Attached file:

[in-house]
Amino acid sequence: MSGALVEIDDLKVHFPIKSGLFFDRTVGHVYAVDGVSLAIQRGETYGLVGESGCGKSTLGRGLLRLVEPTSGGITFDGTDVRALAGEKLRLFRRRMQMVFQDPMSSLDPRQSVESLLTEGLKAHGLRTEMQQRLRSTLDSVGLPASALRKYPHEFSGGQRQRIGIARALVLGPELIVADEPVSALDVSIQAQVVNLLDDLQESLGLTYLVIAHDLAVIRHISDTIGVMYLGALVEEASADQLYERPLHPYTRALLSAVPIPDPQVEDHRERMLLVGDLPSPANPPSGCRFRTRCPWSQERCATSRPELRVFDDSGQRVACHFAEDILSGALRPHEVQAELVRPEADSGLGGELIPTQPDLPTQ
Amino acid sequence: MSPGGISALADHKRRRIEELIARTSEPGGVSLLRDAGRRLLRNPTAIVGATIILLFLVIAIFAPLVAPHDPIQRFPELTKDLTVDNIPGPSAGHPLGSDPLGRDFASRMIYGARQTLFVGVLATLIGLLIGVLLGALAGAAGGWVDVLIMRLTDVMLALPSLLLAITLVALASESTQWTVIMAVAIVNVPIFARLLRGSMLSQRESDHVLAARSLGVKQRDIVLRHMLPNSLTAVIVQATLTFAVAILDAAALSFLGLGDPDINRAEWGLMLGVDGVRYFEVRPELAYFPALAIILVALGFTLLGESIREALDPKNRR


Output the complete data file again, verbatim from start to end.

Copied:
[in-house]
Amino acid sequence: MSGALVEIDDLKVHFPIKSGLFFDRTVGHVYAVDGVSLAIQRGETYGLVGESGCGKSTLGRGLLRLVEPTSGGITFDGTDVRALAGEKLRLFRRRMQMVFQDPMSSLDPRQSVESLLTEGLKAHGLRTEMQQRLRSTLDSVGLPASALRKYPHEFSGGQRQRIGIARALVLGPELIVADEPVSALDVSIQAQVVNLLDDLQESLGLTYLVIAHDLAVIRHISDTIGVMYLGALVEEASADQLYERPLHPYTRALLSAVPIPDPQVEDHRERMLLVGDLPSPANPPSGCRFRTRCPWSQERCATSRPELRVFDDSGQRVACHFAEDILSGALRPHEVQAELVRPEADSGLGGELIPTQPDLPTQ
Amino acid sequence: MSPGGISALADHKRRRIEELIARTSEPGGVSLLRDAGRRLLRNPTAIVGATIILLFLVIAIFAPLVAPHDPIQRFPELTKDLTVDNIPGPSAGHPLGSDPLGRDFASRMIYGARQTLFVGVLATLIGLLIGVLLGALAGAAGGWVDVLIMRLTDVMLALPSLLLAITLVALASESTQWTVIMAVAIVNVPIFARLLRGSMLSQRESDHVLAARSLGVKQRDIVLRHMLPNSLTAVIVQATLTFAVAILDAAALSFLGLGDPDINRAEWGLMLGVDGVRYFEVRPELAYFPALAIILVALGFTLLGESIREALDPKNRR